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Hoffmann, R. A wiki for the life sciences where authorship matters. Nature Genetics (2008)
 
 
 
 
 

Genetic analysis of the cell division protein FtsI (PBP3): amino acid substitutions that impair septal localization of FtsI and recruitment of FtsN.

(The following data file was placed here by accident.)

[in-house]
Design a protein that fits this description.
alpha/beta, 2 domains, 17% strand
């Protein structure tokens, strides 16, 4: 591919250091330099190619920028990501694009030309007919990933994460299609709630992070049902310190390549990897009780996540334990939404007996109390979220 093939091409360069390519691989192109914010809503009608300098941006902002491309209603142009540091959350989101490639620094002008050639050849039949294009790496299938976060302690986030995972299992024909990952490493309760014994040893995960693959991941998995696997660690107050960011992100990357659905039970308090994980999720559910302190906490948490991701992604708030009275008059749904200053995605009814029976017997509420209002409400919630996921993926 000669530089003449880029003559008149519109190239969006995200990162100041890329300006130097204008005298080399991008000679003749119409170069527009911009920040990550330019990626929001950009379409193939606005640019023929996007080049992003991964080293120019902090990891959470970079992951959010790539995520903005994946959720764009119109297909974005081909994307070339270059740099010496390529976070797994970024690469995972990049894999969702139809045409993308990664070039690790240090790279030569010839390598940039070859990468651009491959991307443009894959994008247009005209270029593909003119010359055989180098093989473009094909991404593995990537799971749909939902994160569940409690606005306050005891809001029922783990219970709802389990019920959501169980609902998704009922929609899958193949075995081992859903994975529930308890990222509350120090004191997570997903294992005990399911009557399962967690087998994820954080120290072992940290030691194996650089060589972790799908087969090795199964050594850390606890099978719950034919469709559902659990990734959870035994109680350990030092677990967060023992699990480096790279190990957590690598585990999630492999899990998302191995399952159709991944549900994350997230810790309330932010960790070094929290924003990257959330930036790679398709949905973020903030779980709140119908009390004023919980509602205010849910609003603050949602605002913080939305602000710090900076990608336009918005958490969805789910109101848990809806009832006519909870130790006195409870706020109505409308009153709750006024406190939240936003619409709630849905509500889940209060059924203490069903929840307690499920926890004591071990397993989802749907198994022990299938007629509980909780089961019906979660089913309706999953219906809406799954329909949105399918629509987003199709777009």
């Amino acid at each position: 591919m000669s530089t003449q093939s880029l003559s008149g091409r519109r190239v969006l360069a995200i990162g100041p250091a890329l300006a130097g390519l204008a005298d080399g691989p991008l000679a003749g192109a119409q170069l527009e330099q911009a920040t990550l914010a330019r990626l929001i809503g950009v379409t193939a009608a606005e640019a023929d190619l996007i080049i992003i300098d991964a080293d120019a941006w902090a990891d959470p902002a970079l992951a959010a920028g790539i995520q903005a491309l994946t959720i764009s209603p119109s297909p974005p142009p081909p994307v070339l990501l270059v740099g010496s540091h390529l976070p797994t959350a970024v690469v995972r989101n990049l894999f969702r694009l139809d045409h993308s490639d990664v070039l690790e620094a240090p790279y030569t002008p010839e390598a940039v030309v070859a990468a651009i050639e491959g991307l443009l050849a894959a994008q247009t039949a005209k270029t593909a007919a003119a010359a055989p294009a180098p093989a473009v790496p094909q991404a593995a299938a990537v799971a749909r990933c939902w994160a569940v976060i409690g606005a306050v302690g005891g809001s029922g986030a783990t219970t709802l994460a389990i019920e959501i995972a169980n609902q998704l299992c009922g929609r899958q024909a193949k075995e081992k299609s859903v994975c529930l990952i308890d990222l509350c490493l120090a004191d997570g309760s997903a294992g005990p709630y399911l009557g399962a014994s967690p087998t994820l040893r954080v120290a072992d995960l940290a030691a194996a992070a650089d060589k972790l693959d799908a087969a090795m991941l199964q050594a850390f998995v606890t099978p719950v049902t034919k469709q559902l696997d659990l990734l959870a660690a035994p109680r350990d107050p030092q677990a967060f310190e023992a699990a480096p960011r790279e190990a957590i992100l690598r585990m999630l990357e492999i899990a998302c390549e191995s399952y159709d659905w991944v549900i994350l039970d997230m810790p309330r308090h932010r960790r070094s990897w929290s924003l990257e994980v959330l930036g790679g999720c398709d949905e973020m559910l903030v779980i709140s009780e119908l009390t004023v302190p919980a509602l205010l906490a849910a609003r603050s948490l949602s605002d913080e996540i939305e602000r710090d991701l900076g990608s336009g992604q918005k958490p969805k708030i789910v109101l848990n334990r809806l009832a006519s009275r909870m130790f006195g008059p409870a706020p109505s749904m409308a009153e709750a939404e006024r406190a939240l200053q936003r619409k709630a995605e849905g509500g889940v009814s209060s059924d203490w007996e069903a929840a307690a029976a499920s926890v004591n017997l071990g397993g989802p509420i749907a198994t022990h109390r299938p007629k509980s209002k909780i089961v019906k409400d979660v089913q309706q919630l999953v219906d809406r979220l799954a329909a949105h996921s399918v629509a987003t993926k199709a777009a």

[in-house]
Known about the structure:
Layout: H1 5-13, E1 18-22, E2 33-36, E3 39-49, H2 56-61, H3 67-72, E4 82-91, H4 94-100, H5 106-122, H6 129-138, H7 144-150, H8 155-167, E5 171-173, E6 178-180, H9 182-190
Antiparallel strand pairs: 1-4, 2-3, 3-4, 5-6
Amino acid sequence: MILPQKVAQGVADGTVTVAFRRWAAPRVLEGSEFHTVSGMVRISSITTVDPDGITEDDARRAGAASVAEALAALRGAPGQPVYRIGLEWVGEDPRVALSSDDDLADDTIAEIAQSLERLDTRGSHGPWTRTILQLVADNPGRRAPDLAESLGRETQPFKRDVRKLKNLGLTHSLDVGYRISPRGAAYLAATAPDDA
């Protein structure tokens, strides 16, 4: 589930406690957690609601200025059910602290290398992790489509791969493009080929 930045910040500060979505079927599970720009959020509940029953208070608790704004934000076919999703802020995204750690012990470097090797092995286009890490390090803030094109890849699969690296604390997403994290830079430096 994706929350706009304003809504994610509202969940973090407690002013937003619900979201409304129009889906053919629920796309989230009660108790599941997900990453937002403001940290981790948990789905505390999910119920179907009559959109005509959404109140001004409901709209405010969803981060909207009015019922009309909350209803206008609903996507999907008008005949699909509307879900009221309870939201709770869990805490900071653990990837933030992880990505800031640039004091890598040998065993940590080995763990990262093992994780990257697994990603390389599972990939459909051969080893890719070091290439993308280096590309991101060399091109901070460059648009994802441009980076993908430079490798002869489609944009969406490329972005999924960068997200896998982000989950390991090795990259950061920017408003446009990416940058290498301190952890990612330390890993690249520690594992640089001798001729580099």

FtsI (also called PBP3) of Escherichia coli is a transpeptidase required for synthesis of peptidoglycan in the division septum and is one of several proteins that localize to the septal ring. FtsI comprises a small cytoplasmic domain, a transmembrane helix, a noncatalytic domain of unknown function, and a catalytic (transpeptidase) domain. The last two domains reside in the periplasm. We used PCR to randomly mutagenize ftsI, ligated the products into a green fluorescent protein fusion vector, and screened approximately 7,500 transformants for gfp-ftsI alleles that failed to complement an ftsI null mutant. Western blotting and penicillin-binding assays were then used to weed out proteins that were unstable, failed to insert into the cytoplasmic membrane, or were defective in catalysis. The remaining candidates were tested for septal localization and ability to recruit another division protein, FtsN, to the septal ring. Mutant proteins severely defective in localization to the septal ring all had lesions in one of three amino acids-R23, L39, or Q46-that are in or near the transmembrane helix and implicate this region of FtsI in septal localization. Mutant FtsI proteins defective in recruitment of FtsN all had lesions in one of eight residues in the noncatalytic domain. The most interesting of these mutants had lesions at G57, S61, L62, or R210. Although separated by approximately 150 residues in the primary sequence, these amino acids are close together in the folded protein and might constitute a site of FtsI-FtsN interaction.[1]

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